Harry Whittaker
The Time Of The End

3) “The Time Of Jacob’s Trouble”

Jererniah 30, 31

The phrase (Jeremiah 30: 7) is a familiar one to all students of prophecy. It turns out to be the key to the understanding of a remarkably complete picture of the day of Messiah.

“Alas, for that day is great, so that none is like it (a time of trouble such as never was! Daniel 12: 1); for it is even the time of Jacob’s trouble, but he shall be saved out of it.” Clearly this is intended to be the last great deliverance. And how? By the coming of Israel’s Messiah. The Hebrew text here almost clamours to be translated: “the time of Jacob’s trouble, but out of it Jesus”!

A further specially significant detail is that this keyword “trouble” is the same Hebrew root which is used to describe how Jacob trembled at his impending encounter with Esau: “Then Jacob was exceedingly afraid and distressed ... Deliver me, I pray thee, from the hand of my brother, from the hand of Esau: for I fear him, lest he will come and smite me, and the mother with the children” (Genesis 32:7, 11).


The phraseology in Jeremiah 30 seems to imply that Jacob’s experience when he returned from his arduous life with Laban only to encounter Esau near the river Jabbok will be re-enacted in the Last Days experience of his nation.

This conclusion is surely put beyond doubt by the remarkable series of allusions in Jeremiah 31 to that period in Jacob’s life:

v. 7: 0 Lord, save thy people, the remnant of Israel.

v. 8: Behold, I will bring them from the north country (compare the return from Laban in Syria) ... and with them the blind (Isaac? Leah?) and the lame (Jacob halting upon his thigh), the woman with child (Leah), and her that travaileth with child (Rachel).

v. 9: with weeping, and with supplications (Jacob’s importunity with the angel: Hosea 12:4) ... by the rivers of waters (the Jabbok) in a straight way wherein they shall not stumble (Jacob’s lameness) ... Ephraim is my firstborn (Joseph the favourite).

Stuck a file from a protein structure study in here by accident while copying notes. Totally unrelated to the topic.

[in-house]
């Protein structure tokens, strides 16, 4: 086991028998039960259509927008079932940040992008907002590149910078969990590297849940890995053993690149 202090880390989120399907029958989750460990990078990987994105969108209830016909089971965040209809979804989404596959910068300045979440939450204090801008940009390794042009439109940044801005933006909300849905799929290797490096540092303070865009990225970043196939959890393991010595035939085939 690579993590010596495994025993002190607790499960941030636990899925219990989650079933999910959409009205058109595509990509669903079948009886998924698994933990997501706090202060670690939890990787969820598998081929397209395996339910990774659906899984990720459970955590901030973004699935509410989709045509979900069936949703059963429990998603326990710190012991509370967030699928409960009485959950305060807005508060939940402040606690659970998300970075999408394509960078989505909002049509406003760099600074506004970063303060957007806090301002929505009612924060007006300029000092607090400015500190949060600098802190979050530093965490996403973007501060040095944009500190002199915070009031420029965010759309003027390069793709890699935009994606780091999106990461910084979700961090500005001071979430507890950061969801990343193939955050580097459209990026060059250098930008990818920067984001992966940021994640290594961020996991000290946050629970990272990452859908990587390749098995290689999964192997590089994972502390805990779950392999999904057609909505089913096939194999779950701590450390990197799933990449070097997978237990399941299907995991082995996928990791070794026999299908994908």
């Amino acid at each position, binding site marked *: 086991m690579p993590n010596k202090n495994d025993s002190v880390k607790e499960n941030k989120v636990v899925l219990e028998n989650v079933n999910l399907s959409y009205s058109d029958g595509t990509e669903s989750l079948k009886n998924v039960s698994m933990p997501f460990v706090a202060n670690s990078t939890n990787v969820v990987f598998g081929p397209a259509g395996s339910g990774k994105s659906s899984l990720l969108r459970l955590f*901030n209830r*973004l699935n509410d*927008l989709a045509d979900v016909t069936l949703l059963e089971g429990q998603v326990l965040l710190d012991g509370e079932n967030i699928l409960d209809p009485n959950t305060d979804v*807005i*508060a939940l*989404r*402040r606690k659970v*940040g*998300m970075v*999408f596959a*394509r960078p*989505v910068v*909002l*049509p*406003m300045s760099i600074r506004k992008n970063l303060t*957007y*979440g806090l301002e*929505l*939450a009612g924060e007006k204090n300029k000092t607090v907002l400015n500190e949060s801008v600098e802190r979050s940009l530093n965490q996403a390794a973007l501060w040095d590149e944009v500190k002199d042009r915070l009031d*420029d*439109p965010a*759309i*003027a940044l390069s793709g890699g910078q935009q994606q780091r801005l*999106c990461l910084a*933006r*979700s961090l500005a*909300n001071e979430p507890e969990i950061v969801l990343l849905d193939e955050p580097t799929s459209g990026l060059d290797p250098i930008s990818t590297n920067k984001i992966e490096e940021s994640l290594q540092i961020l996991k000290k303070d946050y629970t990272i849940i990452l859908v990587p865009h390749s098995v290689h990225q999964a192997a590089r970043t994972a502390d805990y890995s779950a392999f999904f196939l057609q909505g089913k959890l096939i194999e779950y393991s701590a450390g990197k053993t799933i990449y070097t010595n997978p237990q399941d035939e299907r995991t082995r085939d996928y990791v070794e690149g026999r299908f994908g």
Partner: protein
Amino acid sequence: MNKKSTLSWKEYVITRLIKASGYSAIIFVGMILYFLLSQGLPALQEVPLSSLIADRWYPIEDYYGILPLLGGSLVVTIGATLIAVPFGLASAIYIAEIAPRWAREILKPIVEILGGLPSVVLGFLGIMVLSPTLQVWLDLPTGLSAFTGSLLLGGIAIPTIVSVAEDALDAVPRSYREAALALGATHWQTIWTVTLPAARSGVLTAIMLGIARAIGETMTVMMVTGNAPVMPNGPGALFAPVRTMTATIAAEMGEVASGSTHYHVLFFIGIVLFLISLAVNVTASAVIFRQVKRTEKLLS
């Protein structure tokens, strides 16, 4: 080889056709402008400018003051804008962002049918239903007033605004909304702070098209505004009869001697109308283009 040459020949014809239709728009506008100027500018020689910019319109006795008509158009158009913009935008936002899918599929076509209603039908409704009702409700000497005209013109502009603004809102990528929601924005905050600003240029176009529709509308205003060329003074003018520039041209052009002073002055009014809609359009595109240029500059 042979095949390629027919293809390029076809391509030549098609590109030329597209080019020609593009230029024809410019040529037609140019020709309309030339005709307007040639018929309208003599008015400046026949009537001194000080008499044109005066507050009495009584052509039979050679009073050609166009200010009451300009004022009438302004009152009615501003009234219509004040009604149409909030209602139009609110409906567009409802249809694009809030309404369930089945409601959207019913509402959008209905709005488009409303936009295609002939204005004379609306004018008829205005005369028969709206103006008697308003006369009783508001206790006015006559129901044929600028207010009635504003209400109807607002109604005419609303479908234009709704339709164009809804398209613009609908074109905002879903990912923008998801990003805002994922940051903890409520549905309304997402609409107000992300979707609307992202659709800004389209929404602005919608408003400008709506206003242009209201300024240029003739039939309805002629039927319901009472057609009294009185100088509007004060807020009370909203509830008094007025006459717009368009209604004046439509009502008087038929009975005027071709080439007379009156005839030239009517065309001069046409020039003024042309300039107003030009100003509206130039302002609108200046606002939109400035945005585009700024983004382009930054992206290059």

v. 11: For the Lord hath redeemed Jacob, and ransomed him from the hand of him (Laban) that was stronger than he.

v. 15: Rachel weeping for her children, refused to be comforted (Benjamin=Benoni=son of my sorrow).

v. 16: thy work shall be rewarded (contrast Laban’s treatment of Jacob).

v. 19: after that I was instructed, I smote upon my thigh (again, Jacob’s lameness).

v. 21: Set thee up way marks (the heap of witness — Genesis 31: 45, 53 — to mark the final return to the Land).

Those accustomed to this kind of allusiveness in the writings of the prophets will have no difficulty in recognizing that here the final return of Israel is being described in terms of the return of Jacob from Syria. The entire picture in Genesis is marvellously apposite.

Because he sought the heavenly blessing by his own devices, Jacob was compelled to leave the Land of Promise. He spent many years in a Gentile land enduring hardship and oppression. At last God brought him away from persecution to dwell in the Land, which was his by right. No sooner was he returned than he had to encounter his brother Esau, “which is Edom,” coming against him with a great force of men. In the night, which followed, Jacob wrestled — against Esau, so he thought! — for the safety of his family. If they were to survive, everything depended on his self-reliance, prowess and ultimate victory. Yet all the time he was actually pitting his puny strength against angelic powers who, unseen, controlled and directed his life. All his days this had been Jacob’s fault. Now, wrestling at Jabbok, the lesson was learned. It meant subjection to Esau (see Genesis 33, especially v. 3), and the outcome — all unexpected — was that he was left unmolested in the Land. God appeared to him at Bethel, and the great Promise was ratified.


The teaching of Jeremiah 30, 31 is that all these events, pregnant with meaning, are to be re-enacted in the Last Days. Already Jacob has returned from the land of his oppressor where he has borne long and arduous task work. In the Land of Promise he has encountered Esau soon to prove mightier than he. With little reliance on God but with confidence in his own powers he now wrestles for national survival. All this is according to the unerring counsel of God, but the divine Providence in these momentous developments goes unrecognised. So there must ensue a time when Jacob, lame and disabled, shall acknowledge the superior might of Esau — but, now acknowledging also the over-ruling power and wisdom of God, Jacob becomes Israel, a people of destiny, freed from all adversaries and oppressors and rejoicing in inheritance of the Land and in a glorious vision of God:

And it shall come to pass, that like as I have watched over them, to pluck up, and to break down, and to throw down, and to destroy, and to afflict; so will I watch over them, to build, and to plant, saith the Lord (Jeremiah 31: 28).

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